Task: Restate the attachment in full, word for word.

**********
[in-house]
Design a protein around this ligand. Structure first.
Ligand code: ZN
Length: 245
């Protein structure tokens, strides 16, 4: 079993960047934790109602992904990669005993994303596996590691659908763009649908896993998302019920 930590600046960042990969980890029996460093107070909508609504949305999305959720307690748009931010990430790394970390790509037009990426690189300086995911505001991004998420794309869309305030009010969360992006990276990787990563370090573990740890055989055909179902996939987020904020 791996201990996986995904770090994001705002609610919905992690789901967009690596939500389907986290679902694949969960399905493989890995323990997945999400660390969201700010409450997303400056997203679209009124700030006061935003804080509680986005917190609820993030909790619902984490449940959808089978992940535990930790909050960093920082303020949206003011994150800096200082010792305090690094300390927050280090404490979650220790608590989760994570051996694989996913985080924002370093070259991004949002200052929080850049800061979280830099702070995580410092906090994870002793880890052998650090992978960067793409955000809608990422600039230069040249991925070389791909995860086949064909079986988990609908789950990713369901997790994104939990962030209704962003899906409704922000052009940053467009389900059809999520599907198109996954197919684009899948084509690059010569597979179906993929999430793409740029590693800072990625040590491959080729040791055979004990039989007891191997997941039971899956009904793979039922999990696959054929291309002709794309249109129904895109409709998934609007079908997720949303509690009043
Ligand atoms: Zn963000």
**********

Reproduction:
[in-house]
Design a protein around this ligand. Structure first.
Ligand code: ZN
Length: 245
């Protein structure tokens, strides 16, 4: 079993960047934790109602992904990669005993994303596996590691659908763009649908896993998302019920 930590600046960042990969980890029996460093107070909508609504949305999305959720307690748009931010990430790394970390790509037009990426690189300086995911505001991004998420794309869309305030009010969360992006990276990787990563370090573990740890055989055909179902996939987020904020 791996201990996986995904770090994001705002609610919905992690789901967009690596939500389907986290679902694949969960399905493989890995323990997945999400660390969201700010409450997303400056997203679209009124700030006061935003804080509680986005917190609820993030909790619902984490449940959808089978992940535990930790909050960093920082303020949206003011994150800096200082010792305090690094300390927050280090404490979650220790608590989760994570051996694989996913985080924002370093070259991004949002200052929080850049800061979280830099702070995580410092906090994870002793880890052998650090992978960067793409955000809608990422600039230069040249991925070389791909995860086949064909079986988990609908789950990713369901997790994104939990962030209704962003899906409704922000052009940053467009389900059809999520599907198109996954197919684009899948084509690059010569597979179906993929999430793409740029590693800072990625040590491959080729040791055979004990039989007891191997997941039971899956009904793979039922999990696959054929291309002709794309249109129904895109409709998934609007079908997720949303509690009043
Ligand atoms: Zn963000």